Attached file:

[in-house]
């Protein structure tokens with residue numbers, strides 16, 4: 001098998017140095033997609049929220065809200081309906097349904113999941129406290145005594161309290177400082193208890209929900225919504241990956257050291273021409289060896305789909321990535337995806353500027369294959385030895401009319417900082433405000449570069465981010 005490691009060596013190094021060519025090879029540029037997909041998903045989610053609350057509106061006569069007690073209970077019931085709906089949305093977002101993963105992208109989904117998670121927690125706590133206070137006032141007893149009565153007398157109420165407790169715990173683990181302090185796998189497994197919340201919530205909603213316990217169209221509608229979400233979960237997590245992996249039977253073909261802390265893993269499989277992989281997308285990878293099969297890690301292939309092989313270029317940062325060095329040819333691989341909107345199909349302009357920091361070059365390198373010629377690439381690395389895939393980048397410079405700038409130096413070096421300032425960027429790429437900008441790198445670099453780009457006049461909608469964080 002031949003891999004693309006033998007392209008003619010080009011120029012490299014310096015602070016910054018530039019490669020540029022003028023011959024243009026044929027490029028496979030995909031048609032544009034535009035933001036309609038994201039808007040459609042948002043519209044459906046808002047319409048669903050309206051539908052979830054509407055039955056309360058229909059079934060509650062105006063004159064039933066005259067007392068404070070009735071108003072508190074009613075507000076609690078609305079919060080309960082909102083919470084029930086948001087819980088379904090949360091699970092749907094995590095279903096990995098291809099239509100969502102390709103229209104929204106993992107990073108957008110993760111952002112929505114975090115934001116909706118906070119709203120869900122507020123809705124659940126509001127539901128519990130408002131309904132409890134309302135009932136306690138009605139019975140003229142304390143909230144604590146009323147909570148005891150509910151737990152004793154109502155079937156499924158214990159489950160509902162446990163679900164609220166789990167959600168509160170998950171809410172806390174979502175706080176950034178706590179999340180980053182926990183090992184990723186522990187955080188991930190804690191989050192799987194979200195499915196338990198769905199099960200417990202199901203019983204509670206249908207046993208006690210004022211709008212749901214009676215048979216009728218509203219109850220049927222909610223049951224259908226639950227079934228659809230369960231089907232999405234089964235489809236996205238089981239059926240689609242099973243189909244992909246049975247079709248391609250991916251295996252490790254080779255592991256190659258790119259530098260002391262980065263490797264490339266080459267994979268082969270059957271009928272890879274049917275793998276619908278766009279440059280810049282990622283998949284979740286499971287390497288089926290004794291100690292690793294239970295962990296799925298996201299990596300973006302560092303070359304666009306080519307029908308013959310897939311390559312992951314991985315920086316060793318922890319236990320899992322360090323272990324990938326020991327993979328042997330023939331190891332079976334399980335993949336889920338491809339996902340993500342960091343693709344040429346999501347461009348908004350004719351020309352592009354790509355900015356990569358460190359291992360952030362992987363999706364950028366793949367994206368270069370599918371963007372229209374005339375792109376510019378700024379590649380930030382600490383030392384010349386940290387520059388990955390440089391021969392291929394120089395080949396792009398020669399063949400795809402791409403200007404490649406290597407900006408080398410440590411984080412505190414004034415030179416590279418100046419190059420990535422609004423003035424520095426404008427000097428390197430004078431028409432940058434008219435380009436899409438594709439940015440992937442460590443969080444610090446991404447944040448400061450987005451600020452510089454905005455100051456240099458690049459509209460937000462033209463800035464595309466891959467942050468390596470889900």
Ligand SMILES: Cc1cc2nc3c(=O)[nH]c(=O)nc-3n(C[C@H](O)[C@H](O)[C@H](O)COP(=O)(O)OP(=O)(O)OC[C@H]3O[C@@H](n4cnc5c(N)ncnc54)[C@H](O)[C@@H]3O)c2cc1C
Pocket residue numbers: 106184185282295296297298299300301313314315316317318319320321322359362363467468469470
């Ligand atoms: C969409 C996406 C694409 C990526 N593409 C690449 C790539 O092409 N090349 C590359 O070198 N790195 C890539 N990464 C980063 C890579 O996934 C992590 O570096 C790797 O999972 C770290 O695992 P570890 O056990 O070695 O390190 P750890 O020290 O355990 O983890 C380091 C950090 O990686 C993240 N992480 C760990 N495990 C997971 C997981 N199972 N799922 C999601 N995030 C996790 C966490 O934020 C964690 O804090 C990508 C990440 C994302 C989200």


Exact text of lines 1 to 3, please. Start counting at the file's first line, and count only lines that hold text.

[in-house]
């Protein structure tokens with residue numbers, strides 16, 4: 001098998017140095033997609049929220065809200081309906097349904113999941129406290145005594161309290177400082193208890209929900225919504241990956257050291273021409289060896305789909321990535337995806353500027369294959385030895401009319417900082433405000449570069465981010 005490691009060596013190094021060519025090879029540029037997909041998903045989610053609350057509106061006569069007690073209970077019931085709906089949305093977002101993963105992208109989904117998670121927690125706590133206070137006032141007893149009565153007398157109420165407790169715990173683990181302090185796998189497994197919340201919530205909603213316990217169209221509608229979400233979960237997590245992996249039977253073909261802390265893993269499989277992989281997308285990878293099969297890690301292939309092989313270029317940062325060095329040819333691989341909107345199909349302009357920091361070059365390198373010629377690439381690395389895939393980048397410079405700038409130096413070096421300032425960027429790429437900008441790198445670099453780009457006049461909608469964080 002031949003891999004693309006033998007392209008003619010080009011120029012490299014310096015602070016910054018530039019490669020540029022003028023011959024243009026044929027490029028496979030995909031048609032544009034535009035933001036309609038994201039808007040459609042948002043519209044459906046808002047319409048669903050309206051539908052979830054509407055039955056309360058229909059079934060509650062105006063004159064039933066005259067007392068404070070009735071108003072508190074009613075507000076609690078609305079919060080309960082909102083919470084029930086948001087819980088379904090949360091699970092749907094995590095279903096990995098291809099239509100969502102390709103229209104929204106993992107990073108957008110993760111952002112929505114975090115934001116909706118906070119709203120869900122507020123809705124659940126509001127539901128519990130408002131309904132409890134309302135009932136306690138009605139019975140003229142304390143909230144604590146009323147909570148005891150509910151737990152004793154109502155079937156499924158214990159489950160509902162446990163679900164609220166789990167959600168509160170998950171809410172806390174979502175706080176950034178706590179999340180980053182926990183090992184990723186522990187955080188991930190804690191989050192799987194979200195499915196338990198769905199099960200417990202199901203019983204509670206249908207046993208006690210004022211709008212749901214009676215048979216009728218509203219109850220049927222909610223049951224259908226639950227079934228659809230369960231089907232999405234089964235489809236996205238089981239059926240689609242099973243189909244992909246049975247079709248391609250991916251295996252490790254080779255592991256190659258790119259530098260002391262980065263490797264490339266080459267994979268082969270059957271009928272890879274049917275793998276619908278766009279440059280810049282990622283998949284979740286499971287390497288089926290004794291100690292690793294239970295962990296799925298996201299990596300973006302560092303070359304666009306080519307029908308013959310897939311390559312992951314991985315920086316060793318922890319236990320899992322360090323272990324990938326020991327993979328042997330023939331190891332079976334399980335993949336889920338491809339996902340993500342960091343693709344040429346999501347461009348908004350004719351020309352592009354790509355900015356990569358460190359291992360952030362992987363999706364950028366793949367994206368270069370599918371963007372229209374005339375792109376510019378700024379590649380930030382600490383030392384010349386940290387520059388990955390440089391021969392291929394120089395080949396792009398020669399063949400795809402791409403200007404490649406290597407900006408080398410440590411984080412505190414004034415030179416590279418100046419190059420990535422609004423003035424520095426404008427000097428390197430004078431028409432940058434008219435380009436899409438594709439940015440992937442460590443969080444610090446991404447944040448400061450987005451600020452510089454905005455100051456240099458690049459509209460937000462033209463800035464595309466891959467942050468390596470889900």
Ligand SMILES: Cc1cc2nc3c(=O)[nH]c(=O)nc-3n(C[C@H](O)[C@H](O)[C@H](O)COP(=O)(O)OP(=O)(O)OC[C@H]3O[C@@H](n4cnc5c(N)ncnc54)[C@H](O)[C@@H]3O)c2cc1C